Though the rain gods obviously have yet to get the memo, the spring season has been fighting real hard to make its entrance ’round these parts of late. With the exception of an errant sunny afternoon here and there, this has been a gruelingly dreary wind-up to the promise of warmer and dryer weather. Just the other day, while walking home from the dog park quite early in the morning, I was thinking to myself how fed up I felt from still needing to turn on the heat in my house in the middle of May, when I stopped in my tracks at the sight of something that made me feel suddenly very happy: the first of this year’s lilacs coming into bloom.
Starting that morning, and continuing every morning since, I’ve been ending my mostly rain-soaked morning walks with something decidedly more cheerful—picking little bouquets of lilac blossoms. There is something undeniably joyful about walking with freshly picked flowers, my fingers sticky with the green juices of the torn stems. Even when the rest of the scene is clearly still stuck in winter mode, that little bundle of springtime in my hands is enough to put me in an incredibly upbeat mental state. I noticed that this tiny addition to my morning routine has positively influenced my mood throughout the rest of the day. And then I got to thinking about all the little ways I make even my 5:30 am wakeups more fun. I listen to music in the mornings while I get dressed, stop often to bend down and kiss my pup on the head, and I make my outfit selection into a little game, where I try not to repeat the same outfit twice (my obscenely large wardrobe easily accommodates this game). And when I get into work, I try to get into the elevator by myself and, once there, I dance as silly and as freely as I please until the doors open to my floor. I’m not sure if those elevator cars are monitored, but if they are, I’m sure I give the security crew quite a laugh. But I don’t care—those 10 seconds of uninhibited dancing in the morning puts a sort of ridiculous, unshakable smile in my heart that generally lasts the whole day through.
I may not be happy all day, every day, but I do feel happiness every single day. This is no easy feat, to be certain, but I manage to keep it up. Like my father, I try to spread this around as much as I can. Smiles have a way of being contagious, you know, and I like to think that my good moods affect those around me—both friends and strangers alike. Desmon Tutu said, “”Do your little bit of good where you are; it’s those little bits of good put together that overwhelm the world.” I think he’s right about this, and besides–isn’t it all those little bits of good that brighten up our own private worlds?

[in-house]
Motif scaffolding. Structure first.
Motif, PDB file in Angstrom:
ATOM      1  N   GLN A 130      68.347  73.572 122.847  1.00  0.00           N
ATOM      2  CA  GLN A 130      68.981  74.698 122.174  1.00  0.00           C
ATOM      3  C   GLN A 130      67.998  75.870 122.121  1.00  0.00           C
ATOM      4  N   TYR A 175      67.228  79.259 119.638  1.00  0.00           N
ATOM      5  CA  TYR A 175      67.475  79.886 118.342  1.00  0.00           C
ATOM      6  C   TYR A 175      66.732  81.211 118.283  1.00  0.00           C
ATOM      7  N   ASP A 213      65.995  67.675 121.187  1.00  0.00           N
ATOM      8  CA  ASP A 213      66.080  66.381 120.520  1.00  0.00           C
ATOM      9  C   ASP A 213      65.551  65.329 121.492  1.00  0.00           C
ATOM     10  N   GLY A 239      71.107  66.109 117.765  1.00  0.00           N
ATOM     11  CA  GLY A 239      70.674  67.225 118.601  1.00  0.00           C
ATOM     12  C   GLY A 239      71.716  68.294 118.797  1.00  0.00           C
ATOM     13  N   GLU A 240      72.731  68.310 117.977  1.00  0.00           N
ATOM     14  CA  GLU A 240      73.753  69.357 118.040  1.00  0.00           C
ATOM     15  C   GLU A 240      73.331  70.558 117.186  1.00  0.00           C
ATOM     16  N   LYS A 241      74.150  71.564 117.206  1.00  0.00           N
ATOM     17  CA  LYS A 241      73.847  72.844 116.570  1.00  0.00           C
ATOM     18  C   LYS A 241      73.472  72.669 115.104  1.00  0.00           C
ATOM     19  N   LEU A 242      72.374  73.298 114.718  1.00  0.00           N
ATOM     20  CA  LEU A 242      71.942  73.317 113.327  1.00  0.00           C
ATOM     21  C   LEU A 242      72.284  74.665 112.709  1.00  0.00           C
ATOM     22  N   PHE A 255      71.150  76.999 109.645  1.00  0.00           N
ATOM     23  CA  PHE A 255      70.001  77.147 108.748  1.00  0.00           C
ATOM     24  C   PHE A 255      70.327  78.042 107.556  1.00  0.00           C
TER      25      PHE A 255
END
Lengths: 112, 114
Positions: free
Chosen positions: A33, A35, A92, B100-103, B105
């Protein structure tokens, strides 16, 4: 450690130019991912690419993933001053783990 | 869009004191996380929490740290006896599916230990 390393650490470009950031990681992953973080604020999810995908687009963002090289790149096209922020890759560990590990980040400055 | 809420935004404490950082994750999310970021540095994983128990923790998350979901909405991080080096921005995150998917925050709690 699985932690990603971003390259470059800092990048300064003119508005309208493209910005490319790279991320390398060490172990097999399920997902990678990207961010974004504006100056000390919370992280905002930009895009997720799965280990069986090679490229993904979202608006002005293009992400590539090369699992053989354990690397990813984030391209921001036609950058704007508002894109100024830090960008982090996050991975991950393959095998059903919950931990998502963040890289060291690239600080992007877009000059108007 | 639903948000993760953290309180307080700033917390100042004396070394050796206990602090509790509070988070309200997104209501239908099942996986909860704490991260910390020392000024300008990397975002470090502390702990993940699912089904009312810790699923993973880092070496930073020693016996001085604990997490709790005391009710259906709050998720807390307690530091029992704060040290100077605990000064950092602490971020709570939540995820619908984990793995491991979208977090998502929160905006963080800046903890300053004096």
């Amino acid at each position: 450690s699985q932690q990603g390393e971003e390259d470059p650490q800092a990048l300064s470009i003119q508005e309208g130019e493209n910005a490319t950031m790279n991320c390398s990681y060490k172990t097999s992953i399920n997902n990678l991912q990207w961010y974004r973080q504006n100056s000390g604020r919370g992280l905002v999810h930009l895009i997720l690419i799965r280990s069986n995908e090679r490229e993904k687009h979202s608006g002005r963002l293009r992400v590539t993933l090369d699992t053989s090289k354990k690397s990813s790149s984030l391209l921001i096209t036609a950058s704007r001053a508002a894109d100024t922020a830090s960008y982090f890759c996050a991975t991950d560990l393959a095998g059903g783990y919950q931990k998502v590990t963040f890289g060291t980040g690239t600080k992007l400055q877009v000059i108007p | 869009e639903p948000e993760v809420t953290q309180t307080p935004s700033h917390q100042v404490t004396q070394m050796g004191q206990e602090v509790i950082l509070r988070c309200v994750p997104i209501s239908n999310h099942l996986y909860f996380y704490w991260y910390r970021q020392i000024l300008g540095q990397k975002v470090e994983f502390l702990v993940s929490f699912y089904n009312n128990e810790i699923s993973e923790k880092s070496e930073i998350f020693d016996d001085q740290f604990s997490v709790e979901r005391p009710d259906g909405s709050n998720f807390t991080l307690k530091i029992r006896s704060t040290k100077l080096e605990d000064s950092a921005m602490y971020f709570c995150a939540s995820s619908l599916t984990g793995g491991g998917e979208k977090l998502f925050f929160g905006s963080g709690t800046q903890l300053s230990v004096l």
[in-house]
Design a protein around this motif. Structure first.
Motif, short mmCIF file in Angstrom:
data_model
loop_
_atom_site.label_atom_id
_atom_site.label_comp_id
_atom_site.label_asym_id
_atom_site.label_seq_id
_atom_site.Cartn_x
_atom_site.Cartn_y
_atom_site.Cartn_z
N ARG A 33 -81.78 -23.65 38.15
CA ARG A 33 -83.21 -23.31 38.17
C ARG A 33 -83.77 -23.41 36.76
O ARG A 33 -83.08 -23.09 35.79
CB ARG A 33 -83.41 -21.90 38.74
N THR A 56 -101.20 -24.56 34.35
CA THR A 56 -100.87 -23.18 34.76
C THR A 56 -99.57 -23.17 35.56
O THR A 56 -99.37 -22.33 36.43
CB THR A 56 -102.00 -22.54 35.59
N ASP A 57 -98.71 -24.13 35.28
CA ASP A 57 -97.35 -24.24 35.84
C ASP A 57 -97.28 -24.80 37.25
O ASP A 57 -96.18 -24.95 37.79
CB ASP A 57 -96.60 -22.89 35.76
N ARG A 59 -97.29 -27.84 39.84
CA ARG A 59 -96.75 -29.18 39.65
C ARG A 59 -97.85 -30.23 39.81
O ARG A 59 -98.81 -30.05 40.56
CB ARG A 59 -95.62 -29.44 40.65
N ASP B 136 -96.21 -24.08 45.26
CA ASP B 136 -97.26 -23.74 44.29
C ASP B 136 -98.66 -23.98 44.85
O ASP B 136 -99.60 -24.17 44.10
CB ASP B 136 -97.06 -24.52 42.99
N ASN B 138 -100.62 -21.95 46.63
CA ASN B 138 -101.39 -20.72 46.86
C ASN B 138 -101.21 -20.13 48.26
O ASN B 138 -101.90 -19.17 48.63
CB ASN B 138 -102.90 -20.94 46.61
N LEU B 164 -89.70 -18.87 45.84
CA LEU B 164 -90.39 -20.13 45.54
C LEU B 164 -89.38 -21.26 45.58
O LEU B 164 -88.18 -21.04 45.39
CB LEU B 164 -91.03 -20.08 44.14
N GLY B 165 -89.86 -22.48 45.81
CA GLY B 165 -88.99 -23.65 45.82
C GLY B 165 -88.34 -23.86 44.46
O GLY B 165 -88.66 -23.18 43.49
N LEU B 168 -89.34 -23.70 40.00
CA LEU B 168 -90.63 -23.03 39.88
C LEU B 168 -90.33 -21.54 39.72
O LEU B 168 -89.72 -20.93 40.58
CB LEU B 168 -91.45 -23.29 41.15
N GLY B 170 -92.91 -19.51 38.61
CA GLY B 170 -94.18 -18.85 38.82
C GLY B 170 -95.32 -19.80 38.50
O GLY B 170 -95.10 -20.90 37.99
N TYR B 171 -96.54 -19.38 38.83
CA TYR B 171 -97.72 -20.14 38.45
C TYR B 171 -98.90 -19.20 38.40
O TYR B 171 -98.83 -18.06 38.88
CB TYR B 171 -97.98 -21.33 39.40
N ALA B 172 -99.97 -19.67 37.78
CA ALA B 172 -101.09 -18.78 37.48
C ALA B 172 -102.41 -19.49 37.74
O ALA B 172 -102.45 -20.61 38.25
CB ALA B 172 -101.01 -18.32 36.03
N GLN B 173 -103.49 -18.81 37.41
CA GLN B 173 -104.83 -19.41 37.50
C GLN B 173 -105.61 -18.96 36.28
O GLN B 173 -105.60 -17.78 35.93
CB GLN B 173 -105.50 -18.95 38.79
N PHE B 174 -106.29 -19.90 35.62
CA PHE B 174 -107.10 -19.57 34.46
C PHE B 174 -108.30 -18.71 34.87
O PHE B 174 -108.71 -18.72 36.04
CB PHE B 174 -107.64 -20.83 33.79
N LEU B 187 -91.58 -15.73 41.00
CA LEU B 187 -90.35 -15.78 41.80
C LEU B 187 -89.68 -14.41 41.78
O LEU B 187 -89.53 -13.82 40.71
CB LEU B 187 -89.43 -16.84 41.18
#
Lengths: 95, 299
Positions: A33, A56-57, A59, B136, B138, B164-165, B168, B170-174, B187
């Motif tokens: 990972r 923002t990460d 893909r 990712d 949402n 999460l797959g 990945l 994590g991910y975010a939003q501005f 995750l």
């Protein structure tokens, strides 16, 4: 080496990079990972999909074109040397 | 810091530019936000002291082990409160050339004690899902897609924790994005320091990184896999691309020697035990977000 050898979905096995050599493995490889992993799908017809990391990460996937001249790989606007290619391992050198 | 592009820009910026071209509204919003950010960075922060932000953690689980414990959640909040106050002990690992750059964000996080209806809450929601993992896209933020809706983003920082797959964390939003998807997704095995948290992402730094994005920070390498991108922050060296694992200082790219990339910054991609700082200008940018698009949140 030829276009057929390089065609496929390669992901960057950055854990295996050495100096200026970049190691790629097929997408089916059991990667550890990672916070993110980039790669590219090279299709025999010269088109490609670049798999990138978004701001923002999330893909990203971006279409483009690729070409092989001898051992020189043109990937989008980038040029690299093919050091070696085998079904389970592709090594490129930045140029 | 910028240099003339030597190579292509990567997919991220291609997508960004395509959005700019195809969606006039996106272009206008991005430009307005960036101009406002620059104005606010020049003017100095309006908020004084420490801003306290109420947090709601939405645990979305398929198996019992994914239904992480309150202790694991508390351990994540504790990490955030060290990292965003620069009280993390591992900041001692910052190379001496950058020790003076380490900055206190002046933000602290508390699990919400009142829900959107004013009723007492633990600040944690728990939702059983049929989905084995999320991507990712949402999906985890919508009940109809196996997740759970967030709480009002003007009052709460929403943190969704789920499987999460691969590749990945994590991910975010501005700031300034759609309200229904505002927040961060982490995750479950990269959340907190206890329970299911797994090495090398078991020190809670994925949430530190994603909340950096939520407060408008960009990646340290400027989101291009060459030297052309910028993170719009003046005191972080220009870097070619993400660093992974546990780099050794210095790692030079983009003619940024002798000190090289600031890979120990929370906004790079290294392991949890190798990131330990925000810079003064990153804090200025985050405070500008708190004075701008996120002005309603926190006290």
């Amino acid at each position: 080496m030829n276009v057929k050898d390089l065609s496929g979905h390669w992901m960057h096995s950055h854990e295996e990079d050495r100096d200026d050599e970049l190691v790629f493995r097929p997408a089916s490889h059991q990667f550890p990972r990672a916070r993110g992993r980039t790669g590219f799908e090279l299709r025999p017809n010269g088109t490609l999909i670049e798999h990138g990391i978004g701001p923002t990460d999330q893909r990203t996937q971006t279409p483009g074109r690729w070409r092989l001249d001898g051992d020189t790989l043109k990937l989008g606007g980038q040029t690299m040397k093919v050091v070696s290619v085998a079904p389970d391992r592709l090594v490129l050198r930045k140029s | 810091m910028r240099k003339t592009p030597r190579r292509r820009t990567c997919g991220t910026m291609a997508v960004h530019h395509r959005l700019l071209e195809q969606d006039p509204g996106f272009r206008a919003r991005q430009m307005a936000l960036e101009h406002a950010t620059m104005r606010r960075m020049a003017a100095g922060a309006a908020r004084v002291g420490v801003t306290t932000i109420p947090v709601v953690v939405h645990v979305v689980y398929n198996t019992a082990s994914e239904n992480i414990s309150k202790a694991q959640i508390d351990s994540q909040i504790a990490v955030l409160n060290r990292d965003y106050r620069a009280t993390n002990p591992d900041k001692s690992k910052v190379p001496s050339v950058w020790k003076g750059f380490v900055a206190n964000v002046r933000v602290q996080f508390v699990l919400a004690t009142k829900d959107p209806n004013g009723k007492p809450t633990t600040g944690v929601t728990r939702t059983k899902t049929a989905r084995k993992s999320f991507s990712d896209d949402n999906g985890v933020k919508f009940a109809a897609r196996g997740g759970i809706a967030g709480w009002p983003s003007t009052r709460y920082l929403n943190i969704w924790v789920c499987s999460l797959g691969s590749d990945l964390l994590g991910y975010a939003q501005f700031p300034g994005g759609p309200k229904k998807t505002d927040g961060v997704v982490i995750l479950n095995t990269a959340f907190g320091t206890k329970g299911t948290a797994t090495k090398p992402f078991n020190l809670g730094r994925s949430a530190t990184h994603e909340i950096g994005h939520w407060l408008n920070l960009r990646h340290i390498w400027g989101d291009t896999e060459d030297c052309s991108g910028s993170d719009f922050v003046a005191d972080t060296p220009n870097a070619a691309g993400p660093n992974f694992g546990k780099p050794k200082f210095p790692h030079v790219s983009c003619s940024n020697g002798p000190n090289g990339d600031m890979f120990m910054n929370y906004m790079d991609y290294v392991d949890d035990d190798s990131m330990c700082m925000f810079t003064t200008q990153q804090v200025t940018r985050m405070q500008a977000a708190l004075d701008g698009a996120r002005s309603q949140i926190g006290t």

By now, my house is overflowing with the white and purple lilac bunches held in mason jars and juice glasses, perfuming the air with that familiarly sanguine scent. It reminds me, by way of contrast, of a poem I wrote some time ago, when winter still felt unending and when I didn’t feel so happy every day. Not so happy at all.
I guess springtime means something a little different each year it rolls by. Sure am glad to have one of those happy ones this time around.
Now It Is February
In January my father was one month gone,
and I returned to college, pale from a Wisconsin winter
filled with death and snow.
In March I slept in your bed,
warm under your blankets and breath,
waiting all night to be touched.
You were a spoiled man. Arrogant, handsome,
young. You found a neediness you liked in me,
held my shoulders while I cried on your lap. Night
after night. In March, we skied the bowls of a mountain
you and I stopping to kiss in the snow. You knew
it was a forever of that kissing that I wanted.
In May you crept into my house late one night,
held a handful of lilac blossoms to my nose
and woke me by whispering, Baby—smell.
By September you’d gone, graduated, grown tired
of us. You crept into my bed when you came to town,
and I let you, though I knew you wouldn’t stay.
Now it is February, almost ten years later. We each
have found success, new lives, other loves. We both have
broken engagements behind us—an uncommon commonality.
We each have not thought of the other often. That much
is clear. But in springtime I watch the lilac trees
flutter and brown in the wind, and remember
the feeling of your whispered baby against my ear,
can still smell the lilac blossoms
made sweeter by the heat of your palms.